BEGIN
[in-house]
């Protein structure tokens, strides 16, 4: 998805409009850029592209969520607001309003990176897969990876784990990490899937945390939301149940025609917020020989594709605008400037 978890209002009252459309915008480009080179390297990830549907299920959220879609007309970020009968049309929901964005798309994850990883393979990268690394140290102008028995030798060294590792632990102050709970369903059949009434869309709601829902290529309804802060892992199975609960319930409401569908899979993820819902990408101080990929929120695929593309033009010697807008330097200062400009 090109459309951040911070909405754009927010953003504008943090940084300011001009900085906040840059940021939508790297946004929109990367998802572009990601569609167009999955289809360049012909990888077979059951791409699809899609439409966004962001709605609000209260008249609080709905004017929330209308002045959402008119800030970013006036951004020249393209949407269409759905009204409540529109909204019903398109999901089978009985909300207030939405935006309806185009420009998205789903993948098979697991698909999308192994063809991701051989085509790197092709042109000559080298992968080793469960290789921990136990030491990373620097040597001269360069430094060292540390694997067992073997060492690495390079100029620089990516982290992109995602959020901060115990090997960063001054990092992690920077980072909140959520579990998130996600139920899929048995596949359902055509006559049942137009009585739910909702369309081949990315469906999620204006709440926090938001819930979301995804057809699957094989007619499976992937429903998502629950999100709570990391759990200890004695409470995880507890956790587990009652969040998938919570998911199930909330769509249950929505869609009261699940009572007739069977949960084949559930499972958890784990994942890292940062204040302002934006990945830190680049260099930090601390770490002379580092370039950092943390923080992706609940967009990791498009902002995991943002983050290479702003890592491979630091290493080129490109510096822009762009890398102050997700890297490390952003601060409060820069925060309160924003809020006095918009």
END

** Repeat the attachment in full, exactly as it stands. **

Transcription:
[in-house]
């Protein structure tokens, strides 16, 4: 998805409009850029592209969520607001309003990176897969990876784990990490899937945390939301149940025609917020020989594709605008400037 978890209002009252459309915008480009080179390297990830549907299920959220879609007309970020009968049309929901964005798309994850990883393979990268690394140290102008028995030798060294590792632990102050709970369903059949009434869309709601829902290529309804802060892992199975609960319930409401569908899979993820819902990408101080990929929120695929593309033009010697807008330097200062400009 090109459309951040911070909405754009927010953003504008943090940084300011001009900085906040840059940021939508790297946004929109990367998802572009990601569609167009999955289809360049012909990888077979059951791409699809899609439409966004962001709605609000209260008249609080709905004017929330209308002045959402008119800030970013006036951004020249393209949407269409759905009204409540529109909204019903398109999901089978009985909300207030939405935006309806185009420009998205789903993948098979697991698909999308192994063809991701051989085509790197092709042109000559080298992968080793469960290789921990136990030491990373620097040597001269360069430094060292540390694997067992073997060492690495390079100029620089990516982290992109995602959020901060115990090997960063001054990092992690920077980072909140959520579990998130996600139920899929048995596949359902055509006559049942137009009585739910909702369309081949990315469906999620204006709440926090938001819930979301995804057809699957094989007619499976992937429903998502629950999100709570990391759990200890004695409470995880507890956790587990009652969040998938919570998911199930909330769509249950929505869609009261699940009572007739069977949960084949559930499972958890784990994942890292940062204040302002934006990945830190680049260099930090601390770490002379580092370039950092943390923080992706609940967009990791498009902002995991943002983050290479702003890592491979630091290493080129490109510096822009762009890398102050997700890297490390952003601060409060820069925060309160924003809020006095918009």